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Friday, December 10, 2010

State Claims Chiropractor Is Crooked

Posted By on Fri, Dec 10, 2010 at 1:59 PM

click to enlarge Ben Altadonna, seen here with Ed McMahon amazingly enough, is not the state's favorite chiropractor
  • Ben Altadonna, seen here with Ed McMahon amazingly enough, is not the state's favorite chiropractor

Bent out of shape by the alleged actions of chiropractor Benjamin Altadonna, the state of California has filed suit, claiming the health practitioner is deeply crooked.

In a case filed in Alameda County Superior Court, the state claims the Danville chiropractor fraudulently pedaled the futuristic-sounding DRX-9000 spinal decompression device and other ephemera to health practitioners statewide. Specifically, the suit claims, Altadonna said the DRX-9000 was a "proven" cash generator; scientifically tested to relieve herniated disc and lower back pain by 86 percent; able to increase doctors' profits by $50,000 a month or more; approved by the Food and Drug Administration; and recommended by NASA.

Those claims, as readers may have guessed by now, are dead on arrival.
 

click to enlarge The amaaaaaaaaazing DRX-9000
  • The amaaaaaaaaazing DRX-9000
In fact Altadonna, has never been able to substantiate boasts the device has been scientifically proven to be effective in the way he claimed -- let alone that it is a patented device (it isn't) that received FDA approval (it hasn't). He was reprimanded by the California Chiropractic Board in 2006, and was fined by the state of Oregon one year later for deceptive advertising practices.

When Monterey County District Attorneys in 2006 asked Altadonna to prove his claims regarding the DRX-9000, he was unable to do so. He was able, however, to begin transferring his material assets to other entities. Along with the chiropractor, several other entities and individuals he is purportedly tied to are named as co-defendants.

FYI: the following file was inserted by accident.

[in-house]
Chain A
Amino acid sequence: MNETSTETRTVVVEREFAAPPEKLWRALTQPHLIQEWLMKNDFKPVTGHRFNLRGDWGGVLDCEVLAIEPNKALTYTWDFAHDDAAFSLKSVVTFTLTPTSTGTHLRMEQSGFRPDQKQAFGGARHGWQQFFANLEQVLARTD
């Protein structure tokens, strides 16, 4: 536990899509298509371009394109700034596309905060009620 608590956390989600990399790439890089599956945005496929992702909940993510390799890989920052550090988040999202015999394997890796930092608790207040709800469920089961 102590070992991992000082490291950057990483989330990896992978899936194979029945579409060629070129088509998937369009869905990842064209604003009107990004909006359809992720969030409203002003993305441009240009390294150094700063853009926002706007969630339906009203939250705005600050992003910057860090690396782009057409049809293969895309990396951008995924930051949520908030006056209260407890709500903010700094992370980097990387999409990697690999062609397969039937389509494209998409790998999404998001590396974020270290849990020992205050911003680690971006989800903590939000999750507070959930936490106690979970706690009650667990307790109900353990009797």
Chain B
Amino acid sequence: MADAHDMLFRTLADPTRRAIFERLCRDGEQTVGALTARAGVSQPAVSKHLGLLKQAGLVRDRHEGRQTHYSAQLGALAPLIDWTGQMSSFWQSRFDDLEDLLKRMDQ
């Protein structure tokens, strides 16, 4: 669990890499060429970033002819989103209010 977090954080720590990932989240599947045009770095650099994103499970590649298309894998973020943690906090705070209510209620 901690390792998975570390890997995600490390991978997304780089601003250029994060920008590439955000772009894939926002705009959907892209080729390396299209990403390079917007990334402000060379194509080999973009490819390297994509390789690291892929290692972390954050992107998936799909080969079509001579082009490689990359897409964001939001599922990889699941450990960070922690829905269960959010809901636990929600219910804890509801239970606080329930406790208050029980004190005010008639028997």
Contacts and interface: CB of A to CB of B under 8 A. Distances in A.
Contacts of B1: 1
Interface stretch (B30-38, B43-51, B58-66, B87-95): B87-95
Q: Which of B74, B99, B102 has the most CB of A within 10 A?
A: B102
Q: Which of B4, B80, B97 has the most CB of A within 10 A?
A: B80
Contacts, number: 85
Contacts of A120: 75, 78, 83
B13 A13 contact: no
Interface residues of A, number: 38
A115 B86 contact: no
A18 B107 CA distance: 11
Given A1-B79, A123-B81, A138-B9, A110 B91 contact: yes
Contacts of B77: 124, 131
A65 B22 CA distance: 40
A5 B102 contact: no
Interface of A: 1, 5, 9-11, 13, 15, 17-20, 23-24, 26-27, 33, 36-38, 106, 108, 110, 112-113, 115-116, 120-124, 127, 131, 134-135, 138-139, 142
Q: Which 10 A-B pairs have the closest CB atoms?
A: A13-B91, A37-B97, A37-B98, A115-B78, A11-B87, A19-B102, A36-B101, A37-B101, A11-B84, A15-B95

The most recent suit names no fewer than 16 unsubstantiated claims Altadonna allegedly made in hawking the device, which he would sell or lease out for between $90,000 and $115,000. 

The state is aiming for an injunction as well as penalties for false advertising, unfair competition, fraudulent transfer of assets, and violations of the Business and Professions Code. Not even the mighty DRX-9000 could cure that kind of pain.

H/T   |   Courthouse News

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About The Author

Joe Eskenazi

Joe Eskenazi

Bio:
Joe Eskenazi was born in San Francisco, raised in the Bay Area, and attended U.C. Berkeley. He never left. "Your humble narrator" was a staff writer and columnist for SF Weekly from 2007 to 2015. He resides in the Excelsior with his wife, 4.3 miles from his birthplace and 5,474 from hers.

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